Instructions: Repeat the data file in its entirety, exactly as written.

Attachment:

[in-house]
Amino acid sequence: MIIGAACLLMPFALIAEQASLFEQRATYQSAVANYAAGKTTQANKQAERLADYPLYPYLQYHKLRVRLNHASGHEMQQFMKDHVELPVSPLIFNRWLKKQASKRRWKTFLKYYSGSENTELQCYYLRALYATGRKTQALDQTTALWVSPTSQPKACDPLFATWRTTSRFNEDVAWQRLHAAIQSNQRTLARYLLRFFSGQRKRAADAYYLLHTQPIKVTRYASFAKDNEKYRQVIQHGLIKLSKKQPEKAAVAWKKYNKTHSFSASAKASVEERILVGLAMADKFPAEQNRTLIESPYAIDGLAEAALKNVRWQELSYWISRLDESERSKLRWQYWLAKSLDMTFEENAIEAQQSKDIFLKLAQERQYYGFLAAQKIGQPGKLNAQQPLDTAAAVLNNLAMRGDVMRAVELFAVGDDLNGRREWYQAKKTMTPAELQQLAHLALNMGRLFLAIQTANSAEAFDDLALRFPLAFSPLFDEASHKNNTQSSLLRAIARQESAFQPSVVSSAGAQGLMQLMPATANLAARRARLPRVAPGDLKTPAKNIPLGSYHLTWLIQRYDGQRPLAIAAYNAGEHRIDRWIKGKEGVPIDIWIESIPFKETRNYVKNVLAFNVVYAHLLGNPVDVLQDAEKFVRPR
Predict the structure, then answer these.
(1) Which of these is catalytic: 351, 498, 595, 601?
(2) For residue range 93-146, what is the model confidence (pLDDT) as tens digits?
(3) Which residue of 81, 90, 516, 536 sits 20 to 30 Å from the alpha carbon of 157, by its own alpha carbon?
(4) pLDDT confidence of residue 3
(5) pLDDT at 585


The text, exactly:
[in-house]
Amino acid sequence: MIIGAACLLMPFALIAEQASLFEQRATYQSAVANYAAGKTTQANKQAERLADYPLYPYLQYHKLRVRLNHASGHEMQQFMKDHVELPVSPLIFNRWLKKQASKRRWKTFLKYYSGSENTELQCYYLRALYATGRKTQALDQTTALWVSPTSQPKACDPLFATWRTTSRFNEDVAWQRLHAAIQSNQRTLARYLLRFFSGQRKRAADAYYLLHTQPIKVTRYASFAKDNEKYRQVIQHGLIKLSKKQPEKAAVAWKKYNKTHSFSASAKASVEERILVGLAMADKFPAEQNRTLIESPYAIDGLAEAALKNVRWQELSYWISRLDESERSKLRWQYWLAKSLDMTFEENAIEAQQSKDIFLKLAQERQYYGFLAAQKIGQPGKLNAQQPLDTAAAVLNNLAMRGDVMRAVELFAVGDDLNGRREWYQAKKTMTPAELQQLAHLALNMGRLFLAIQTANSAEAFDDLALRFPLAFSPLFDEASHKNNTQSSLLRAIARQESAFQPSVVSSAGAQGLMQLMPATANLAARRARLPRVAPGDLKTPAKNIPLGSYHLTWLIQRYDGQRPLAIAAYNAGEHRIDRWIKGKEGVPIDIWIESIPFKETRNYVKNVLAFNVVYAHLLGNPVDVLQDAEKFVRPR
Predict the structure, then answer these.
(1) Which of these is catalytic: 351, 498, 595, 601?
(2) For residue range 93-146, what is the model confidence (pLDDT) as tens digits?
(3) Which residue of 81, 90, 516, 536 sits 20 to 30 Å from the alpha carbon of 157, by its own alpha carbon?
(4) pLDDT confidence of residue 3
(5) pLDDT at 585